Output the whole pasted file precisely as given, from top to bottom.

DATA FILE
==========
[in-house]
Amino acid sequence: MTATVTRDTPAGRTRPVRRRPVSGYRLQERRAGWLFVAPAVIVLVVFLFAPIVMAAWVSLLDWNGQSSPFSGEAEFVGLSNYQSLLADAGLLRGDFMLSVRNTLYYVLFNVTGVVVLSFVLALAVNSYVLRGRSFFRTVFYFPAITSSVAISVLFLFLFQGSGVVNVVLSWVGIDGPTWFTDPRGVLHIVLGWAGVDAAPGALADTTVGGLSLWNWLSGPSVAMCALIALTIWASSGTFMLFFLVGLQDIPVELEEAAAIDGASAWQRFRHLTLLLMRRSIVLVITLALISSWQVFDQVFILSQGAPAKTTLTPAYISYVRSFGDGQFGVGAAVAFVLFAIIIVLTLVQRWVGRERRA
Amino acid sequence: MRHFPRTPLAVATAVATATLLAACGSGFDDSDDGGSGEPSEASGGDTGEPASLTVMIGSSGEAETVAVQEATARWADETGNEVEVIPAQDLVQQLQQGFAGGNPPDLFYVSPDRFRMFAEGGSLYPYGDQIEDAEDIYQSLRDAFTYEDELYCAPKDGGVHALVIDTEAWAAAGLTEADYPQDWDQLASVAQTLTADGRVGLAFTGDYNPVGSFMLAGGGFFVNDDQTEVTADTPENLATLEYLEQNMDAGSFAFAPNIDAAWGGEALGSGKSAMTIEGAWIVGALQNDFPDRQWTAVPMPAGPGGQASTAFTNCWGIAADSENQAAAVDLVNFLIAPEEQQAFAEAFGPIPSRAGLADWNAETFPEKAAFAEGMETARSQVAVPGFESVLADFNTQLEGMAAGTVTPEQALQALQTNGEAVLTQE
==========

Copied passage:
[in-house]
Amino acid sequence: MTATVTRDTPAGRTRPVRRRPVSGYRLQERRAGWLFVAPAVIVLVVFLFAPIVMAAWVSLLDWNGQSSPFSGEAEFVGLSNYQSLLADAGLLRGDFMLSVRNTLYYVLFNVTGVVVLSFVLALAVNSYVLRGRSFFRTVFYFPAITSSVAISVLFLFLFQGSGVVNVVLSWVGIDGPTWFTDPRGVLHIVLGWAGVDAAPGALADTTVGGLSLWNWLSGPSVAMCALIALTIWASSGTFMLFFLVGLQDIPVELEEAAAIDGASAWQRFRHLTLLLMRRSIVLVITLALISSWQVFDQVFILSQGAPAKTTLTPAYISYVRSFGDGQFGVGAAVAFVLFAIIIVLTLVQRWVGRERRA
Amino acid sequence: MRHFPRTPLAVATAVATATLLAACGSGFDDSDDGGSGEPSEASGGDTGEPASLTVMIGSSGEAETVAVQEATARWADETGNEVEVIPAQDLVQQLQQGFAGGNPPDLFYVSPDRFRMFAEGGSLYPYGDQIEDAEDIYQSLRDAFTYEDELYCAPKDGGVHALVIDTEAWAAAGLTEADYPQDWDQLASVAQTLTADGRVGLAFTGDYNPVGSFMLAGGGFFVNDDQTEVTADTPENLATLEYLEQNMDAGSFAFAPNIDAAWGGEALGSGKSAMTIEGAWIVGALQNDFPDRQWTAVPMPAGPGGQASTAFTNCWGIAADSENQAAAVDLVNFLIAPEEQQAFAEAFGPIPSRAGLADWNAETFPEKAAFAEGMETARSQVAVPGFESVLADFNTQLEGMAAGTVTPEQALQALQTNGEAVLTQE